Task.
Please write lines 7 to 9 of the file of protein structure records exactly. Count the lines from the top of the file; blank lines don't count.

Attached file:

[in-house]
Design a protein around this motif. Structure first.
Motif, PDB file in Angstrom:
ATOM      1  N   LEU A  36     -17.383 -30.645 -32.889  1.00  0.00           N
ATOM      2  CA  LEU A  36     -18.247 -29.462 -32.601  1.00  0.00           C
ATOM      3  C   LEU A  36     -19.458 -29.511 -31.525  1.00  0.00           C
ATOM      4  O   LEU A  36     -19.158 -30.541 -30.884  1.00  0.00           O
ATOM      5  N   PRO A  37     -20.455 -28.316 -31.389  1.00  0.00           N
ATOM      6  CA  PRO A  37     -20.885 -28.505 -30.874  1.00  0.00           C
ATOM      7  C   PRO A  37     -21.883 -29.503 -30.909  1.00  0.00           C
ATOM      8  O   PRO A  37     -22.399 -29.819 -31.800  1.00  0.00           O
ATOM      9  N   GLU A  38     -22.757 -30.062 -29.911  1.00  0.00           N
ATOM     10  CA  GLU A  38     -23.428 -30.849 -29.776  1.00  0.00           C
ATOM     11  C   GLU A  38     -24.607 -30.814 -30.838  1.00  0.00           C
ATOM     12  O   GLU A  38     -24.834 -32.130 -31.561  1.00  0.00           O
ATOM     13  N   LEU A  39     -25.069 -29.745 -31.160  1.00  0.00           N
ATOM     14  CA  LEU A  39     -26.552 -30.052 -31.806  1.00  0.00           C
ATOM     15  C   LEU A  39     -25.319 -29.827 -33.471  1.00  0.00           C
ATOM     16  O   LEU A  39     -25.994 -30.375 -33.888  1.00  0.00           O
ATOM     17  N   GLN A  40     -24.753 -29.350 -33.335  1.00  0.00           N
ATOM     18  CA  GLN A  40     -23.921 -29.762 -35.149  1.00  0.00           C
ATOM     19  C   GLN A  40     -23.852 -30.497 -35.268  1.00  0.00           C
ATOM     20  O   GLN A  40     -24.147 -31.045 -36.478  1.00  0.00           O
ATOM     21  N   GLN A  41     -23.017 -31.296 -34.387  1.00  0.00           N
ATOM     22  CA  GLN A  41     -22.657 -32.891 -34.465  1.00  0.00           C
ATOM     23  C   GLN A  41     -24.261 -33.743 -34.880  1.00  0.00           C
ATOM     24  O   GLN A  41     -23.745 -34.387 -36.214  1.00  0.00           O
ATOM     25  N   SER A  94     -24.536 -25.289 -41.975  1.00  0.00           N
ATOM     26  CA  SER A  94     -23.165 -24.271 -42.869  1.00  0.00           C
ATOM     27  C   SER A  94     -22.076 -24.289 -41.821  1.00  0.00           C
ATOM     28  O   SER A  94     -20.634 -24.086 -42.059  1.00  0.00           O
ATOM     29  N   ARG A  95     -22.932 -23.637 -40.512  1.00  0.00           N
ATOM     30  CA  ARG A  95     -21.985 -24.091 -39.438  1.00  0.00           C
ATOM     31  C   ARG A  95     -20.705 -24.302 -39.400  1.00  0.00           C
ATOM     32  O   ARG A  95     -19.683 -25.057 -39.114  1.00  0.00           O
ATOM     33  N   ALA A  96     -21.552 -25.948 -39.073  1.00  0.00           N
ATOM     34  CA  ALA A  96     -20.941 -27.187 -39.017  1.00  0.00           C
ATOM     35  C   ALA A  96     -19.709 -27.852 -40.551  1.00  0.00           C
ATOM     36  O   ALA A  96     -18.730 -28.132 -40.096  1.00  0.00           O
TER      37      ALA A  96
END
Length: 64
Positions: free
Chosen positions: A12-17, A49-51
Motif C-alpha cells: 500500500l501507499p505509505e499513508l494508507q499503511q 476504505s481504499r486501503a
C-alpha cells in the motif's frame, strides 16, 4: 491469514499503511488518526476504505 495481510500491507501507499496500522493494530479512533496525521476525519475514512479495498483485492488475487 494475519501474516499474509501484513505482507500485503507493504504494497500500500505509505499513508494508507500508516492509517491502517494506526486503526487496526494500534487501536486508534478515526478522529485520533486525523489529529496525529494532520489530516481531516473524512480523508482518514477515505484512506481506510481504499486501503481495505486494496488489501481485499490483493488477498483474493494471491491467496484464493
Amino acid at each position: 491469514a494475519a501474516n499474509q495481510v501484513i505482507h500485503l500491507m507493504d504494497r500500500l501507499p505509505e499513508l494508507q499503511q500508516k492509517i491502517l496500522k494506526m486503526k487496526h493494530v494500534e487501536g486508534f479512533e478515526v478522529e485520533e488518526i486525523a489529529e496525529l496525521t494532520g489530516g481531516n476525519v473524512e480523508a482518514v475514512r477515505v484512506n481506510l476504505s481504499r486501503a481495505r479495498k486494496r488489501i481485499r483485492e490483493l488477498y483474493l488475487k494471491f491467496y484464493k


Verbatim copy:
ATOM      4  O   LEU A  36     -19.158 -30.541 -30.884  1.00  0.00           O
ATOM      5  N   PRO A  37     -20.455 -28.316 -31.389  1.00  0.00           N
ATOM      6  CA  PRO A  37     -20.885 -28.505 -30.874  1.00  0.00           C